The following statistics on the Top 10 causes of death in Malaysia are courtesy of the Institute for Health Metrics and Evaluation and can be found at www.healthdata.org/malaysia.
Ischaemic heart disease
We call it a heart attack. But here’s the real deal. You know how our body needs oxygen to function? The heart’s job is to pump the blood around the body to the other organs via blood vessels.
But you see, the heart needs oxygen too and it gets it through a group of blood vessels called the coronary arteries.
If these blood vessels get stuck, there will be a reduced supply of blood to the heart and if the blockage is big enough, the heart muscles will start to die.
This is called ischaemia. Dead heart muscles equals dead person.
Lower respiratory tract infection (LRTI)
The respiratory tract is the path that the air your body breathes passes through. This goes through your nose and ends up in the lungs.
In between, you have the mouth, throat, voice box and windpipe that branches into smaller windpipes, that in turn branches into small balloons in the lungs.
You can get an infection at any point in the tract and in fact, when you get a cold, it’s usually the upper part that is infected. This explains the phlegm and the runny nose.
The most commonly known lower respiratory tract infection affecting the lungs is pneumonia.
“Cerebro” refers to the brain and “vascular” refers to blood vessels. What sort of problems do the blood vessels in your brain run into?
If you guessed a stroke, you’re right! You can get a stroke either from clots forming in the vessels or if the vessels start bleeding. Either way your brain misses out on the all important oxygen and that is not good.
Alzheimer’s disease is a condition normally associated with memory problems but in reality, is more than that.
It is an irreversible disease that affects the functioning of the brain and since we human beings need our brains for everything, a person with Alzheimer’s will be affected in many ways.
One can become forgetful and will have trouble carrying out day to day tasks like bathing oneself and cooking. This in turn increases the risk of infection and malnutrition.
It can also affect some physical aspects of life such as maintaining one’s balance when walking. People who are unsteady on their feet run the risk of falling and breaking their hip bones or fracturing their skulls.
There’s a reason why Petronas keeps running commercials urging you to stop for a break when you’re tired while driving.
Despite many campaigns on road safety every year, it is sad to see it rank so high at number five as among the top causes of death in Malaysia.
Abide by the speed limits, signal when switching lanes and don’t hog the emergency lanes. Drive safe.
It stands for chronic obstructive pulmonary disease. In layman’s terms, it is a long term disease of the lungs which causes breathlessness due to poor airflow.
This condition mainly affects smokers but other risk factors include air pollution and occupational exposures.
This disease unfortunately has no cure but keeping yourself away from these risk factors are a good idea.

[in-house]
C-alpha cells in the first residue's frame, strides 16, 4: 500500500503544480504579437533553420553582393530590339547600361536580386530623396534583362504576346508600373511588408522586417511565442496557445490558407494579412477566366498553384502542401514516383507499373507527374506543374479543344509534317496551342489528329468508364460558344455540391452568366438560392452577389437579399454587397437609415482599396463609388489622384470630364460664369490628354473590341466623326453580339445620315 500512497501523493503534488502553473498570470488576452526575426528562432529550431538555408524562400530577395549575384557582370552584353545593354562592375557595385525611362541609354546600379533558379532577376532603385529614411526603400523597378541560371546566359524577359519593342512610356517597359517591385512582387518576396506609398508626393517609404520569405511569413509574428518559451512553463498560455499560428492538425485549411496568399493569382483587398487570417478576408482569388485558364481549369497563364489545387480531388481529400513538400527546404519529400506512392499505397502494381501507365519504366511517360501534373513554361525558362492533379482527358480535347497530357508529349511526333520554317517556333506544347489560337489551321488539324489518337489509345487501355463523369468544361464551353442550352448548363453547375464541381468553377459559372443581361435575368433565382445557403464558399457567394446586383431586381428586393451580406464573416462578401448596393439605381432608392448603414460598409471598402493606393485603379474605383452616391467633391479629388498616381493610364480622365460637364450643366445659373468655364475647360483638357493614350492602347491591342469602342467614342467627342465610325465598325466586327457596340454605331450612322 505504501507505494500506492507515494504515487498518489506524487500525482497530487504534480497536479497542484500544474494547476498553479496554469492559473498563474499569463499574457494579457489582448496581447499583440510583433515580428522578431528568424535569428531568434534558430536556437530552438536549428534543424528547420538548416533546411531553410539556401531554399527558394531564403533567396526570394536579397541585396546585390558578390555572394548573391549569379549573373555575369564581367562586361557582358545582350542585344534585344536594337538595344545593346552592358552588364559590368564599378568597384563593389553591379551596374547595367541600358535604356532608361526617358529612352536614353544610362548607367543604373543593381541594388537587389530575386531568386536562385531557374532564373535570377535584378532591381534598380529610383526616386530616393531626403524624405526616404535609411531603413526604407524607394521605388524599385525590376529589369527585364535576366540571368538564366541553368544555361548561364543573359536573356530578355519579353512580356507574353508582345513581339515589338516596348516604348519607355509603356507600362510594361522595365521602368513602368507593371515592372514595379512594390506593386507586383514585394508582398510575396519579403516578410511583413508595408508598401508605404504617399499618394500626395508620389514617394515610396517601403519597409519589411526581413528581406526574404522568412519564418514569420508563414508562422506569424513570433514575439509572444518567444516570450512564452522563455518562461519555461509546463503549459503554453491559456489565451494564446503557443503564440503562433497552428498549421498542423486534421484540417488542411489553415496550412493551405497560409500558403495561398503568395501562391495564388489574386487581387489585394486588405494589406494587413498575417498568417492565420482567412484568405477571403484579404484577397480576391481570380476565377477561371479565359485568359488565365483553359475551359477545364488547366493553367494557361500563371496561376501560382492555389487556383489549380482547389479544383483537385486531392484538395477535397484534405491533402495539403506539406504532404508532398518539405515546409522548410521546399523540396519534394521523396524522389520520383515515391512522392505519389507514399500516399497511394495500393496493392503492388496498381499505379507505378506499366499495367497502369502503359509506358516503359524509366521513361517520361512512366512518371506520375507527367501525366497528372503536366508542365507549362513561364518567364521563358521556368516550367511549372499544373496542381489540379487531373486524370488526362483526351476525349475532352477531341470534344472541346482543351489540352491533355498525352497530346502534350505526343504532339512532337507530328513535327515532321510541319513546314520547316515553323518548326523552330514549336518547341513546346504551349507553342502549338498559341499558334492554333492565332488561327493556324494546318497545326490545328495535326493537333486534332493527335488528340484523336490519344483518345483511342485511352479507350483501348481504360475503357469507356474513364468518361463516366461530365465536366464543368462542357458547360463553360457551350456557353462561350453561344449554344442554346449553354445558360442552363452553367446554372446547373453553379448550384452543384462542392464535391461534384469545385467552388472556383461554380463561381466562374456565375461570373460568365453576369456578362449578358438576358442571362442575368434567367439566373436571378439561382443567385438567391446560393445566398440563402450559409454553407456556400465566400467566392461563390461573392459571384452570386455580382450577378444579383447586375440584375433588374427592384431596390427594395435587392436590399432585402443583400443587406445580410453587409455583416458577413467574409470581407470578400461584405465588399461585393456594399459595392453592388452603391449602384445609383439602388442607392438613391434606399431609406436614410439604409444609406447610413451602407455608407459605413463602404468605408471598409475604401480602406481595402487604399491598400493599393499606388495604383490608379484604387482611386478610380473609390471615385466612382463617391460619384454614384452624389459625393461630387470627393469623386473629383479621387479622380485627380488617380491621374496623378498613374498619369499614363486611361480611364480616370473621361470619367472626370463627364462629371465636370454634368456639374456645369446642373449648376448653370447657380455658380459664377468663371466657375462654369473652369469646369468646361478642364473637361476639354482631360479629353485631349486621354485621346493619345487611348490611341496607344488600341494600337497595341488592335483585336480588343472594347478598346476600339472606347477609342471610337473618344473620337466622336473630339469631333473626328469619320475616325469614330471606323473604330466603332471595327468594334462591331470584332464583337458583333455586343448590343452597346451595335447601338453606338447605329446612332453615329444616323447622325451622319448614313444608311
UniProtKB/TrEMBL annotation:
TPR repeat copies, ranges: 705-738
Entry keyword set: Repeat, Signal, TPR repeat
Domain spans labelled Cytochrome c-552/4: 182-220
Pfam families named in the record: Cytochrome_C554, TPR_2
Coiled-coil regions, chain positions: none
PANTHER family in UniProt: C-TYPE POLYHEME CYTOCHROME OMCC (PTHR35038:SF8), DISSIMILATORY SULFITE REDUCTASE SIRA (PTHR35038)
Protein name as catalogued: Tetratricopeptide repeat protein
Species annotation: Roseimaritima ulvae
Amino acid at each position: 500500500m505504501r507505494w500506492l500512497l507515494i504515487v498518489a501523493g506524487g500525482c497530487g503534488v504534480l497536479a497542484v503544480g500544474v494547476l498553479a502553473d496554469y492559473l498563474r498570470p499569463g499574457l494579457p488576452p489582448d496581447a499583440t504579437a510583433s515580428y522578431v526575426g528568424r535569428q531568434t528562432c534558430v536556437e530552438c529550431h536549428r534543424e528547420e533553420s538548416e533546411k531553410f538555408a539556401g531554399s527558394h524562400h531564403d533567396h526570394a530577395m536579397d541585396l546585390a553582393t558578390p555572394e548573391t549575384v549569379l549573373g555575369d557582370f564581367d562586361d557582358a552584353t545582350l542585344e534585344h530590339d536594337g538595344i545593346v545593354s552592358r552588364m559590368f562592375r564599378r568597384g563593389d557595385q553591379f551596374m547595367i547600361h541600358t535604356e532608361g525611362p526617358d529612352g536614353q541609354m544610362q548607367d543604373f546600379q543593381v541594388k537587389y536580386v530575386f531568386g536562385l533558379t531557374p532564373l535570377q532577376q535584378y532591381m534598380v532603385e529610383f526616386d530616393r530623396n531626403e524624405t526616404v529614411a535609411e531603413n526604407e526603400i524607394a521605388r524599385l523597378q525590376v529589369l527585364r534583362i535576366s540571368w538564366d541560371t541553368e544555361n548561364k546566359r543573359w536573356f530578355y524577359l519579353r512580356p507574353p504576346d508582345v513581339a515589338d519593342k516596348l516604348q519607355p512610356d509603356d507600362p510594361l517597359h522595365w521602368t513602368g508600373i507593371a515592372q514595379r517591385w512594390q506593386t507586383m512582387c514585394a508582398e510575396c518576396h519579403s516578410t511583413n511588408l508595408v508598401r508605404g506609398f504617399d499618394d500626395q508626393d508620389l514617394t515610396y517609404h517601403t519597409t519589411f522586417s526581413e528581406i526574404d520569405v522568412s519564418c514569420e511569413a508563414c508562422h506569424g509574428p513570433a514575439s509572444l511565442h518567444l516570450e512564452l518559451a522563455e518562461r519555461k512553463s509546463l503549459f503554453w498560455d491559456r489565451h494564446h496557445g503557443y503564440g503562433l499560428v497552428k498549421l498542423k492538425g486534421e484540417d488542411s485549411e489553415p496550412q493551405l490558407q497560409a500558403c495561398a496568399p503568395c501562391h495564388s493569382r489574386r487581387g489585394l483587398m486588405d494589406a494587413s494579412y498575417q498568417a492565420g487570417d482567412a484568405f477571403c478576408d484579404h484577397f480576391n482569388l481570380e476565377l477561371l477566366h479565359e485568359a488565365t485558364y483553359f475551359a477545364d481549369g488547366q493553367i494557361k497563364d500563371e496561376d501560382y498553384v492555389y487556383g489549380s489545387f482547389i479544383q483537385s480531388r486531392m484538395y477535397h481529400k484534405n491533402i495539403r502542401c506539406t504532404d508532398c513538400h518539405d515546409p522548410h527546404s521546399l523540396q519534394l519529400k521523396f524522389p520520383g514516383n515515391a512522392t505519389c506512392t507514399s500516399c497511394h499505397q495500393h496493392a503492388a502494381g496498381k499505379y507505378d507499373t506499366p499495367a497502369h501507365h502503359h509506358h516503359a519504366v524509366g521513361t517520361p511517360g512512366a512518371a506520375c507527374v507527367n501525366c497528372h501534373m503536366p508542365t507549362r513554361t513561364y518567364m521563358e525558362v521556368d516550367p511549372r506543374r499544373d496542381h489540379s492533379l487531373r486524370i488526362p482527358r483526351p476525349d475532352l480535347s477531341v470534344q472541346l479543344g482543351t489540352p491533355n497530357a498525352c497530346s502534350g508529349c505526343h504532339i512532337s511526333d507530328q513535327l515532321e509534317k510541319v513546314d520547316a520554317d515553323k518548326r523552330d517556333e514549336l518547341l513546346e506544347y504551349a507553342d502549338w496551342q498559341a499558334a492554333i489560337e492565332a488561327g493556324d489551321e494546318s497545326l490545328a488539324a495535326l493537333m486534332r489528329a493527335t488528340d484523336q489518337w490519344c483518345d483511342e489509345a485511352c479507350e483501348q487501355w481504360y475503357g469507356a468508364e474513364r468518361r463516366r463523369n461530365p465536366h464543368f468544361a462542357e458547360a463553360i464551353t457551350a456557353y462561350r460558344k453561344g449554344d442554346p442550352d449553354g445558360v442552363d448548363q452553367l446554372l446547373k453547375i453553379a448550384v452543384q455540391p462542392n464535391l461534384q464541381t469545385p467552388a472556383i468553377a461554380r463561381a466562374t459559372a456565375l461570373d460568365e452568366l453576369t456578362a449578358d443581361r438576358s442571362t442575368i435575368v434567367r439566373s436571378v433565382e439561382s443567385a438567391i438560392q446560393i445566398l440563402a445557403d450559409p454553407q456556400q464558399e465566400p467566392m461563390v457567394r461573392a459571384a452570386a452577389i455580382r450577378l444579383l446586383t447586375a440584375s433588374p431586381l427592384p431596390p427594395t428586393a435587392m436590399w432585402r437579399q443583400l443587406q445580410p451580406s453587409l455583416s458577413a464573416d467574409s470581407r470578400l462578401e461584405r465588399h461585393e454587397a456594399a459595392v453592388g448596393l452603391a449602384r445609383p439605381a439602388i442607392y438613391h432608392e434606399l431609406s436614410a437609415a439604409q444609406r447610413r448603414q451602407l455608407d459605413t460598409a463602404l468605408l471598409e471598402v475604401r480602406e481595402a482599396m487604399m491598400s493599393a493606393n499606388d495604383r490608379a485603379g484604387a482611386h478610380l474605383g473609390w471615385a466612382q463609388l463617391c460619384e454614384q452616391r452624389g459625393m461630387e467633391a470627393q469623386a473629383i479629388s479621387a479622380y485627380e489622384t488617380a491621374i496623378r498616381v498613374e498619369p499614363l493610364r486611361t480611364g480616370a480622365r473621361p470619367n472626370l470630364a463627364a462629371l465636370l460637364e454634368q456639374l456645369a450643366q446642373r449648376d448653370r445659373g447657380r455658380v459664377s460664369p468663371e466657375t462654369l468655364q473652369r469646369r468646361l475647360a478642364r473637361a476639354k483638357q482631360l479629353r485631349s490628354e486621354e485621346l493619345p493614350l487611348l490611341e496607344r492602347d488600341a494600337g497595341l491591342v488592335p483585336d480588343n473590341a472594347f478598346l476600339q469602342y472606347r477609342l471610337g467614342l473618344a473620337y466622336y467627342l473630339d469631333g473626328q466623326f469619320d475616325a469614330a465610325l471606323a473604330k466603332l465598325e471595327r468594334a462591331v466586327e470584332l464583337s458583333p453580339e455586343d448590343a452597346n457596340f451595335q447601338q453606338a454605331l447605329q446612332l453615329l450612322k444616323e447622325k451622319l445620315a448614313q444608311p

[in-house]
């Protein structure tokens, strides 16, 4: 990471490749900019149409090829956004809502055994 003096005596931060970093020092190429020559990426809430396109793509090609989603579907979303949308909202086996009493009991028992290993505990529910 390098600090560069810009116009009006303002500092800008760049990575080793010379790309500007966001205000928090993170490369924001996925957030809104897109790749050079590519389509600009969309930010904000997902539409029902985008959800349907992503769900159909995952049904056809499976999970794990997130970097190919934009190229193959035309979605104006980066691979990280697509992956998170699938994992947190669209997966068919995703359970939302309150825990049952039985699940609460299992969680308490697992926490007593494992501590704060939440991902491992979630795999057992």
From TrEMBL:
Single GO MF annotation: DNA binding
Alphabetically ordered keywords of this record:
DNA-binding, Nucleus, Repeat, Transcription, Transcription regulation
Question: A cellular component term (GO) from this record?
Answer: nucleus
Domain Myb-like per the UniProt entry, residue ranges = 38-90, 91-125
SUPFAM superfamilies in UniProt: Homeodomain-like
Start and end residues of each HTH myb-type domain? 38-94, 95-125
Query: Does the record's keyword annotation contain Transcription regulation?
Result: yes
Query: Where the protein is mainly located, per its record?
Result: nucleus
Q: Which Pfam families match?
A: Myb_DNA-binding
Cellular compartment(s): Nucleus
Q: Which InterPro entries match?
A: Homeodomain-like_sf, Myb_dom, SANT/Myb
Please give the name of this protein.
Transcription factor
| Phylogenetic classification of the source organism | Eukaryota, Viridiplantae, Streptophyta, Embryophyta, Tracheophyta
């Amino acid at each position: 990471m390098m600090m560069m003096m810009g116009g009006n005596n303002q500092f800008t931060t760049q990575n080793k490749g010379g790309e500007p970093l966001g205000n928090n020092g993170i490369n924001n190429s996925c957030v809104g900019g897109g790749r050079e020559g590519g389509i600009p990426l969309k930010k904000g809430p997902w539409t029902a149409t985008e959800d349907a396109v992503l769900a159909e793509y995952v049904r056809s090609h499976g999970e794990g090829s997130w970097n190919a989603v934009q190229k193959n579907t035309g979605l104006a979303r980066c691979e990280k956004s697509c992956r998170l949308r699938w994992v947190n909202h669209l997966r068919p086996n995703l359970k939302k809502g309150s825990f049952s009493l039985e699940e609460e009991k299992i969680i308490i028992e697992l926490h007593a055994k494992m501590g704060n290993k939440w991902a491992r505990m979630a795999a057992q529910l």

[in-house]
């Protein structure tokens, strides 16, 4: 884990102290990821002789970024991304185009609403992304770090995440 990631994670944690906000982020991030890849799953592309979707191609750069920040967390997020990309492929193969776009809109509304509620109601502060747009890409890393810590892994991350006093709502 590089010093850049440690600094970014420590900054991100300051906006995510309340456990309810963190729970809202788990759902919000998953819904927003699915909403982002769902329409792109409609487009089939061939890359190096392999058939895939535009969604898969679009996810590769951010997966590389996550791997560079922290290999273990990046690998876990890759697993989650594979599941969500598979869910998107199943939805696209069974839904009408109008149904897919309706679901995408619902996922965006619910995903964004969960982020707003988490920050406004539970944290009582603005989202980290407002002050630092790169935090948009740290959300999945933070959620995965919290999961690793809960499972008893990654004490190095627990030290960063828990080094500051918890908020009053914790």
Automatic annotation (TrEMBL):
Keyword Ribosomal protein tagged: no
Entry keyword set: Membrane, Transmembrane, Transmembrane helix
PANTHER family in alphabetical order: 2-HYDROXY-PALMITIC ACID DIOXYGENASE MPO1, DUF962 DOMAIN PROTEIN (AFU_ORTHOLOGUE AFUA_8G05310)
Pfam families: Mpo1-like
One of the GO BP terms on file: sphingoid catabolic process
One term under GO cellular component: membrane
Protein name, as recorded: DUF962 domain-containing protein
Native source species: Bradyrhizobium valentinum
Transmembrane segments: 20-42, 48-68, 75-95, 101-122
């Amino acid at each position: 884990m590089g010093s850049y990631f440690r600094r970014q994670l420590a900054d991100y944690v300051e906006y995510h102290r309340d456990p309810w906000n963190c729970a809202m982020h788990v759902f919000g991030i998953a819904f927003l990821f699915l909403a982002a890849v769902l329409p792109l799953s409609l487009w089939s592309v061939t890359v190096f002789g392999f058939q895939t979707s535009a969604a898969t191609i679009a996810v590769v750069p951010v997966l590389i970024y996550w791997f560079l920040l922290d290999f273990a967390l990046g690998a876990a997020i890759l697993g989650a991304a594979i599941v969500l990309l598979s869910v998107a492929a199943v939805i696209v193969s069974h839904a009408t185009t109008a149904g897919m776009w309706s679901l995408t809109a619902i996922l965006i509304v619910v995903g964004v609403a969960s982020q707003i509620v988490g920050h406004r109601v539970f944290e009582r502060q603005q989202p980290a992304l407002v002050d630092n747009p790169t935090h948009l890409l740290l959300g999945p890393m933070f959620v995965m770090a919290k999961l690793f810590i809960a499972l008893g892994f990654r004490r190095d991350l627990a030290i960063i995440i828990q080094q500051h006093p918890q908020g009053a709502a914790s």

When cells in your lungs decide to go rogue and reproduce uncontrollably, you develop lung cancer. Symptoms include chest pains, breathlessness and a bloody cough.
Like COPD, smoking greatly increases your risk of getting lung cancer or any cancer for that matter.
So, save yourself a few bucks and ditch the habit. You can always ask a doctor for advice on how to stop smoking if you need help. Don’t suffer alone.
Everyone knows diabetes because Malaysians are notoriously sweet-toothed. Teh tarik, cendol durian, kuih-muih by the roadside – how can we be blamed?
But in all seriousness, diabetes is the result of our pancreas getting too tired of processing so much sugar due to our uncontrolled consumption of it.
Diabetes affects all the organs in your body from your eyeballs to your toes. You can go blind and lose a foot. So, the next time you reach for that extra packet of sweets, remember this fact.
Chronic kidney disease
This is a long term condition which affects the functioning of your kidneys. Your kidneys gets rid of toxic waste from your body, controls the amount of fluid in your body, makes sure the acidity of your body is just right and produces some hormones.
Basically, it is essential to your survival and if it doesn’t work well, you won’t feel well.
And what increases the risk of getting chronic kidney disease? Diabetes!
This cancer affects the lower half of our digestive system. Be aware if you notice a change in your bowel habits, blood in your stool and unexplained weight loss.
Unhealthy lifestyle habits such as insufficient consumption of fruit and vegetables, not exercising, smoking and alcohol intake all increase your risk of getting colorectal cancer.
DoctorOnCall is Malaysia’s first online clinic that allows chat, phone, and video calls directly with a registered Malaysian doctor at www.doctoroncall.com.my
DISCLAIMER: The information in this article is not a substitute for professional medical advice. You are encouraged to confirm any information obtained here with other sources, and review all information with your physician. Please do not disregard professional medical advice or delay treatment because of something you have read here. FMT is not responsible and liable for any damage caused through information obtained here.